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« Reply #6 on: January 02, 2019, 05:20:41 pm »

Also it seems poll numbers bounce around a lot, Liberals ahead one month, Tories up the next.  I think the Liberals have a slight edge, but there is a high enough undecided it wouldn't be a shock if the PCs pull off a majority.  With how weak the NDP is, I think unless as close as BC or New Brunswick, it will be a majority.  NDP is only competitive in the central parts of St John's and parts of Labrador, irrelevant elsewhere.  I do think though it is very likely the PCs will gain a whole bunch of seats even if they fall short and Liberals will lose many even if they win again, mind you usually in blowout elections you see a regression to the mean in the subsequent election, think federally 1988, BC 2005.  While not until 2020, I suspect in Manitoba you will see the same too since even if the PCs win again (which looks likely at the moment but could change), it probably won't be as big a blowout as in 2016.
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adma
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« Reply #7 on: January 02, 2019, 06:35:23 pm »

While not until 2020, I suspect in Manitoba you will see the same too since even if the PCs win again (which looks likely at the moment but could change), it probably won't be as big a blowout as in 2016.

I think a lot in Manitoba may depend on how the opposition vote shakes out--not that another 1988 Carstairs circumstance is in the works, but...
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mileslunn
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« Reply #8 on: January 03, 2019, 01:47:00 pm »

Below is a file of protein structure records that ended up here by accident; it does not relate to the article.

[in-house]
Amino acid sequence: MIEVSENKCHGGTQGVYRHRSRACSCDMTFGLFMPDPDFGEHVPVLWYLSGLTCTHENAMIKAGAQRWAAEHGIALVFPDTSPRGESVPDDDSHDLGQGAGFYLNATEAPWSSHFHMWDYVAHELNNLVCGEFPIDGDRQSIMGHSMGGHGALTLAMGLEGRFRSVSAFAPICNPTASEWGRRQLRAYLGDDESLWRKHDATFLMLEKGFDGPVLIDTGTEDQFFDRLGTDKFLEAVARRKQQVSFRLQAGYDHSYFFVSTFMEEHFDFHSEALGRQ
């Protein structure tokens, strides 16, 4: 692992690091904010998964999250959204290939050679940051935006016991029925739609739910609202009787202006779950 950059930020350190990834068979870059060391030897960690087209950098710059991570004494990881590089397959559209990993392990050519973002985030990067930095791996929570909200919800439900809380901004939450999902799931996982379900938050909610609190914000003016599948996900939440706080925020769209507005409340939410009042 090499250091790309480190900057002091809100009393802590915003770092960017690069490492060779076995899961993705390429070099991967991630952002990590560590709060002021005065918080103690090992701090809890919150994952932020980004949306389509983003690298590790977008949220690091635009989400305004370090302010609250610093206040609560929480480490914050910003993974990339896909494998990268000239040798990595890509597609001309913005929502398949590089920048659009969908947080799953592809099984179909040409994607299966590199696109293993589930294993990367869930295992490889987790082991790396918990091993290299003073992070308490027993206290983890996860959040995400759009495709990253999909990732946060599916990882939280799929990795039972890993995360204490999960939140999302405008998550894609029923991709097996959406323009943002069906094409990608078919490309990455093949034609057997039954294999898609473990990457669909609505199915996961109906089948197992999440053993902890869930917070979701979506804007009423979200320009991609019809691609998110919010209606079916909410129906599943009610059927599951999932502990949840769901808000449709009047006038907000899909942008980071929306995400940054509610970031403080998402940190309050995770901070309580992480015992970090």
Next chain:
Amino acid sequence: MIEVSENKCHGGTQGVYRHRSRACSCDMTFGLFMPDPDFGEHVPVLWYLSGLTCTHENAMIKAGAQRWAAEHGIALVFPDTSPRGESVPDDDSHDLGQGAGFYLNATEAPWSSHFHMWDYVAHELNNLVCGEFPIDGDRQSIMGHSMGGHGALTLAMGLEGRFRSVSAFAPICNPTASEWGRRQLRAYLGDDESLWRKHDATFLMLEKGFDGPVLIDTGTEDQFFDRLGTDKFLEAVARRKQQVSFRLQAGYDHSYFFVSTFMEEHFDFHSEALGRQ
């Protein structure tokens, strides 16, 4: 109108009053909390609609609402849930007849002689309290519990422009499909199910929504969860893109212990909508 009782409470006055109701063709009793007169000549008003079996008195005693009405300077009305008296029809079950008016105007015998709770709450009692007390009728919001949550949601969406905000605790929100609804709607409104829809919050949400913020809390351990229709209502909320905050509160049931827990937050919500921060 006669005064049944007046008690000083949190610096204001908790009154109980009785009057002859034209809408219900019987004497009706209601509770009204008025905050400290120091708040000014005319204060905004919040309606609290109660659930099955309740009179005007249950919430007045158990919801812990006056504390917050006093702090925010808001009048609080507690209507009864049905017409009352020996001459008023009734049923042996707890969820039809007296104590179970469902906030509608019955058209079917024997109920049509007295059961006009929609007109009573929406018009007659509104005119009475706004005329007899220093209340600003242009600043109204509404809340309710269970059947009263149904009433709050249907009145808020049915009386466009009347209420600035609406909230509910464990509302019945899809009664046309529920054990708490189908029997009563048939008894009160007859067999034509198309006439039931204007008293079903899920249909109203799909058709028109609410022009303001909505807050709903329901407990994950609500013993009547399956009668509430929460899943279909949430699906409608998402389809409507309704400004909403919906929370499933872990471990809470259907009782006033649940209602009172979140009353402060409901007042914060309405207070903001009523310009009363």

While not until 2020, I suspect in Manitoba you will see the same too since even if the PCs win again (which looks likely at the moment but could change), it probably won't be as big a blowout as in 2016.

I think a lot in Manitoba may depend on how the opposition vote shakes out--not that another 1988 Carstairs circumstance is in the works, but...

Even if you have strong splits, I think winning 40 seats for the PCs will be pretty tough to repeat, certainly 53% is probably not likely to happen.  That is not to say they couldn't rebound to the high 40s.  Liberals could do well, but they always poll higher in between elections while on election day much of their support then swings to which party they dislike least.  In many ways its who they swing behind that usually wins.  If they swing massively behind the NDP they could win, but otherwise it would favour the PCs as they only need to hold what they have or pick up a few Liberals.

Still the point is in both cases, last elections were blowouts and it is very tough to repeat those.  1988 federally and 2005 in BC both resulted in incumbents being re-elected, but not with blowout margins like 4 years earlier and I think if the Liberals win in Newfoundland (which is the most likely outcome) that is what will happen.
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mileslunn
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« Reply #9 on: February 01, 2019, 10:03:21 pm »

Mainstreet has a poll out and MQO research will on Monday showing the PCs pulling into a narrow lead but within the margin of error.

PC 43.3%
Liberal 42%
NDP 11.5%